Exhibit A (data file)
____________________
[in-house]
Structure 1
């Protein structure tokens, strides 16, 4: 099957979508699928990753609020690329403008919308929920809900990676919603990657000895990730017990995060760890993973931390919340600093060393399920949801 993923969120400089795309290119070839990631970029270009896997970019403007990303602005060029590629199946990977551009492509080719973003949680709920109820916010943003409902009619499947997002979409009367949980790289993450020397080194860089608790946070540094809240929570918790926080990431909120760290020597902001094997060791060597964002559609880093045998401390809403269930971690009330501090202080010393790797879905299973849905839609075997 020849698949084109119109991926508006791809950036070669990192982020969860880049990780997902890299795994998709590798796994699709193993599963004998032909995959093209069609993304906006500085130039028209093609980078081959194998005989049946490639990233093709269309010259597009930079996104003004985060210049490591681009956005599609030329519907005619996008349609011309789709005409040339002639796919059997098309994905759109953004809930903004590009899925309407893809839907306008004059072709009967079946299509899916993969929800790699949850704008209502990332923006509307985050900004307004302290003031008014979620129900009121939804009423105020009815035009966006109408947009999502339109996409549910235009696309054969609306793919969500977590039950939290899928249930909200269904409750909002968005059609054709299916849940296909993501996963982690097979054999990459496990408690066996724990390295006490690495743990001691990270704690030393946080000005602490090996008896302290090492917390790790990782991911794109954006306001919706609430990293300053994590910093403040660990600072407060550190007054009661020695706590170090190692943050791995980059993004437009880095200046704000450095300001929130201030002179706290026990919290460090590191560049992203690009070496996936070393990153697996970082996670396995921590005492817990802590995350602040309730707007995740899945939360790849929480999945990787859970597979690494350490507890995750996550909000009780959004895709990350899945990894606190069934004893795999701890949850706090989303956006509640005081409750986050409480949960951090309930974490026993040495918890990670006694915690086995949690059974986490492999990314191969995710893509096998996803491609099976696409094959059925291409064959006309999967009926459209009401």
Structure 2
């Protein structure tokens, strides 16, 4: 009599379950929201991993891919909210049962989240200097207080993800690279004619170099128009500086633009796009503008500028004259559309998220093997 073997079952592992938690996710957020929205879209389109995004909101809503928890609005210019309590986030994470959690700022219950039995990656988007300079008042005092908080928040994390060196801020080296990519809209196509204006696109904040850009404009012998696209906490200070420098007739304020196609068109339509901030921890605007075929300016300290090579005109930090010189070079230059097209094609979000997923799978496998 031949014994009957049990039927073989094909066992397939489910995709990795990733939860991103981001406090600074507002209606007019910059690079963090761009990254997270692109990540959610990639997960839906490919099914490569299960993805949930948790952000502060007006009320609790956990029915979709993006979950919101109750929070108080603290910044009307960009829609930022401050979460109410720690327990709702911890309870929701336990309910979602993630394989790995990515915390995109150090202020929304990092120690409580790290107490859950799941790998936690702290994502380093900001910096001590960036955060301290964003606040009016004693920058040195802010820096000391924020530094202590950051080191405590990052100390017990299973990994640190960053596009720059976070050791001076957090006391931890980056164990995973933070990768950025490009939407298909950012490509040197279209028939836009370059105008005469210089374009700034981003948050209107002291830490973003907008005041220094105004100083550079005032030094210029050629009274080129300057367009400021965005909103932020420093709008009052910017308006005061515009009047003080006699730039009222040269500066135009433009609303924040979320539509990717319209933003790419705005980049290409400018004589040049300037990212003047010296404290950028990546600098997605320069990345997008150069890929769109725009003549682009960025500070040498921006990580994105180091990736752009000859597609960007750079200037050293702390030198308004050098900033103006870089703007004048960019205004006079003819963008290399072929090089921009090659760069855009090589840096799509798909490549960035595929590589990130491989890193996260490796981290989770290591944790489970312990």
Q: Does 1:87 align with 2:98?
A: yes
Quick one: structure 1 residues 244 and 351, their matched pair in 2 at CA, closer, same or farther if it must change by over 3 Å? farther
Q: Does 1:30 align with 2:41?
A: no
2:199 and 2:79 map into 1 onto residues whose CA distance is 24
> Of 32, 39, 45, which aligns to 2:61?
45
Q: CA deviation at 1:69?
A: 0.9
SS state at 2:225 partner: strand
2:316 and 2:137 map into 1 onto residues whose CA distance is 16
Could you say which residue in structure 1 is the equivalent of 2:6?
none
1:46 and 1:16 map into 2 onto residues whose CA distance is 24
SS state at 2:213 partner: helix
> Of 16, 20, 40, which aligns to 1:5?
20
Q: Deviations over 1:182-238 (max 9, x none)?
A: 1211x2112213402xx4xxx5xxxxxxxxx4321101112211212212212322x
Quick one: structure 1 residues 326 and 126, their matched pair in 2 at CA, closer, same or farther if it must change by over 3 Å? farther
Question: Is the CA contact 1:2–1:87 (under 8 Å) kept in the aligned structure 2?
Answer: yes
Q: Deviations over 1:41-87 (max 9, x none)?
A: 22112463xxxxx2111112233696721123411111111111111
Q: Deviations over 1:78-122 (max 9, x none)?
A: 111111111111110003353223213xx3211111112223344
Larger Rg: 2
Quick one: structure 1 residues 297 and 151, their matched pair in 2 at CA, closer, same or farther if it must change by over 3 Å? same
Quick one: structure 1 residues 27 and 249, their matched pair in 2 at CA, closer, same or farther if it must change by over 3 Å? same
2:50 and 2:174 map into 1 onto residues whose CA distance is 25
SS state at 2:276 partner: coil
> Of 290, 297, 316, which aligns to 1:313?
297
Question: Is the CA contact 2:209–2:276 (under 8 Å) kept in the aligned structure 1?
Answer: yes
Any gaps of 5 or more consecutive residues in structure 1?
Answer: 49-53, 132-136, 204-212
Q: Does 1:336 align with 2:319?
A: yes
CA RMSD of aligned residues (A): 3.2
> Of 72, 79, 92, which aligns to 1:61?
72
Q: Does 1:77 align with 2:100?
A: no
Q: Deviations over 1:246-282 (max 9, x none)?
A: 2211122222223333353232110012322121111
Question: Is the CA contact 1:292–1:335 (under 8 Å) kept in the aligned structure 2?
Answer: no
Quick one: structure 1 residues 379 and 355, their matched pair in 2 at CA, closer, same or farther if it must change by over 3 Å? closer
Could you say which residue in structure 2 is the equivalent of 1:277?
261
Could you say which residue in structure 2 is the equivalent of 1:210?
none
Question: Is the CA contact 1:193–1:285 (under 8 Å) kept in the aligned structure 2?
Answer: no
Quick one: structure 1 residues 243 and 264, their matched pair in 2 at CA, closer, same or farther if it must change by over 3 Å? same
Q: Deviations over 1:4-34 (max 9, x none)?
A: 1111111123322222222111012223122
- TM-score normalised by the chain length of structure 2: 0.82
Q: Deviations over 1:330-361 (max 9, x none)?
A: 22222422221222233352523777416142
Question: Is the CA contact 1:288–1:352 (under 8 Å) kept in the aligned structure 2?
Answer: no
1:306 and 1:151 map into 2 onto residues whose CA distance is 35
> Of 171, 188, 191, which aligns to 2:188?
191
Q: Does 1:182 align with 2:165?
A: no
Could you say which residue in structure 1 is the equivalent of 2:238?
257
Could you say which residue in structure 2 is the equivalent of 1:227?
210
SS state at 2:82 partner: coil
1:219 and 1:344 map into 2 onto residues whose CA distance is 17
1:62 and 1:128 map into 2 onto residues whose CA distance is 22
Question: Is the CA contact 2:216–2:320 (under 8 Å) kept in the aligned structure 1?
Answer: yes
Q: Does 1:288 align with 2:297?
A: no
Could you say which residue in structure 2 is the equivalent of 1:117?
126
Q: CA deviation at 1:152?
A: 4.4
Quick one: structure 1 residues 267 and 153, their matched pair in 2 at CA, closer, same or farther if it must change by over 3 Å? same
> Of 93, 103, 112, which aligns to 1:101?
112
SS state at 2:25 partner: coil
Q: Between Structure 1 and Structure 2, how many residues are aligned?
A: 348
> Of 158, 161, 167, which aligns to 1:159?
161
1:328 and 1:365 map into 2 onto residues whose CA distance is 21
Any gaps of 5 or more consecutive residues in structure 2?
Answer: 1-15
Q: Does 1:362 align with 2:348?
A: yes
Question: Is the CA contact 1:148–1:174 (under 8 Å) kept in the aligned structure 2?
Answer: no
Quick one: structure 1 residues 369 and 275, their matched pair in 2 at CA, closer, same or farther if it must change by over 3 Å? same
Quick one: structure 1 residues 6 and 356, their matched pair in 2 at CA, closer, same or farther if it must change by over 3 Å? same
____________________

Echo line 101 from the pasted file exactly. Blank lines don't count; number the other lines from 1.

Q: Does 1:362 align with 2:348?